Seawater Seafoods Company et al v. Dulcich et al
OPINION AND ORDER: Denying Motion for a Temporary Restraining Order 38 . Signed on 8/18/2017 by Judge Michael J. McShane. (cp)
IN THE UNITED STATES DISTRICT COURT
FOR THE DISTRICT OF OREGON
SEAWATER SEAFOODS COMPANY,
Case No. 6:16-cv-01607-MC
FRANK DULCICH, et al,
OPINION & ORDER
Plaintiffs Seawater Seafoods Co., Front Street Marine LLC, and Bret Hamrick move for
an emergency temporary restraining order stating:
Defendants are prohibited from taking any action to enforce the Lincoln County
Circuit Court judgment entered in the case of Pacific Choice Seafood Company v.
Seawater Seafoods Company, Lincoln County Case No. 16cv25418, or taking any
steps to block commercial fishermen from discharging their catch at tax lot 1800
unless there is a commercially reasonable need for Pacific Seafood Group to
utilize space along its dock that is in close proximity to plaintiffs’ tax lot 1800.
Pl.’s Mot. Temp. Rest. Order, 4.
1 – ORDER
A party seeking a preliminary injunction “must establish that he is likely to succeed on
the merits, that he is likely to suffer irreparable harm in the absence of preliminary relief, that the
balance of equities tips in his favor, and that an injunction is in the public interest.” Winter v.
Natural Resources Defense Council, Inc., 129 S. Ct. 365, 374 (2008). The mere possibility of
irreparable harm is not enough. Rather, the plaintiff must establish such harm is likely. Alliance
for the Wild Rockies v. Cottrell, 632 F.3d 1127, 1131 (9th Cir. 2011). The standards for issuing a
temporary restraining order are similar to those required for a preliminary injunction. Lockheed
Missile & Space Co., Inc. v. Hughes Aircraft Co., 887 F.Supp. 1320, 1323 (N.D. Ca. 1995). The
court’s decision on a motion for a preliminary injunction is not a ruling on the merits. See Sierra
On-Line, Inc. v. Phoenix Software, Inc., 739 F.2d 1415, 1422 (9th Cir. 1984).
Plaintiffs filed the motion three days ago. The Court heard oral arguments at 3:00 p.m.
the following day, roughly three hours after receiving defendants’ response. Yesterday afternoon,
plaintiffs submitted supplemental briefing. As the parties are familiar with the facts, and due to
the time sensitive nature of this matter, the Court omits much background information.
At issue are several tax lots on which the parties conduct commercial fishing business.
For several years, defendants leased a dock on tax lots 1400, 1401, and 1700 (lot “A”) from the
City of Newport. Lot A is approximately 300 feet long. Adjacent to Lot A is tax lot 1800, the lot
at issue here. After defendants informed the City they wished to purchase lot 1800, the City put it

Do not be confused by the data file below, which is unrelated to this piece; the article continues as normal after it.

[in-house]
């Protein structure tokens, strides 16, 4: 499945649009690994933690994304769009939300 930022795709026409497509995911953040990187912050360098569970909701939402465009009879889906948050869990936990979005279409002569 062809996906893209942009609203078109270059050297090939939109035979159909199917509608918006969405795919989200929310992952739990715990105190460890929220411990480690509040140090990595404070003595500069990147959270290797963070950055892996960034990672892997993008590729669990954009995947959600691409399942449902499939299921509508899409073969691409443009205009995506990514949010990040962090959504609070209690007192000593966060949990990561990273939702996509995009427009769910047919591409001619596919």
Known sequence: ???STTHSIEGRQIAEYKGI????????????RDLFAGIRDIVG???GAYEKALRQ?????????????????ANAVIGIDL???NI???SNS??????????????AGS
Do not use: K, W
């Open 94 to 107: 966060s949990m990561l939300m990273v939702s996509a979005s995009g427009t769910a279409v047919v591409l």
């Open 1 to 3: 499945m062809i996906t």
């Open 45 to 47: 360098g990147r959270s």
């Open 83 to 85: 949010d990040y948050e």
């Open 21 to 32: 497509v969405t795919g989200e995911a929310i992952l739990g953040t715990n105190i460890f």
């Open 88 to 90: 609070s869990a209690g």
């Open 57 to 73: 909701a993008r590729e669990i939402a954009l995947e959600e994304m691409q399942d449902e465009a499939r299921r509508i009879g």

and another lot up for auction. An appraiser with 40 years of experience concluded the lots for
sale had little value for anyone other than defendants (who already operated a commercial
business on Lot A) because the lots, being only 30 feet wide, were too small to service
commercial fishing vessels.
2 – ORDER
Despite that warning from the appraisal, plaintiff Front St. purchased lot 1800 in what
can only be described as a calculated business decision. After defendants declined to purchase
the lot from Front St., Front St. leased the lot to plaintiff Seawater Seafoods. Seawater Seafoods
planned to use the lots to offload crab and other fish from commercial fishing vessels. As the
smallest commercial fishing vessel is longer than lot 1800, disputes quickly arose between the
parties as vessels offloading to Seawater Seafoods protruded onto defendants’ Lot A. Much
litigation, including the antitrust action here, ensued. Another action, an action some might say is
related to this action, proceeded in state court. The question in the state court action was whether
plaintiffs here had the right, under Oregon’s public trust doctrine, to protrude into Lot A when
offloading vessels. The state court concluded plaintiffs here had no legal right to infringe on
defendants’ property rights to Lot A. Plaintiffs moved to stay that order. The day the Oregon
Court of Appeals denied the stay, plaintiffs moved for the emergency TRO here.
The TRO sought here, couched in antitrust language, is simply an end run around the
state court judgment. Indeed, the very first sentence of the proposed TRO states, “Defendants are
prohibited from taking any action to enforce the Lincoln County Circuit Court judgment entered
in [the state court action] . . . .” Pl.’s Mot. Temp. Rest. Order, 4. Plaintiffs’ motion is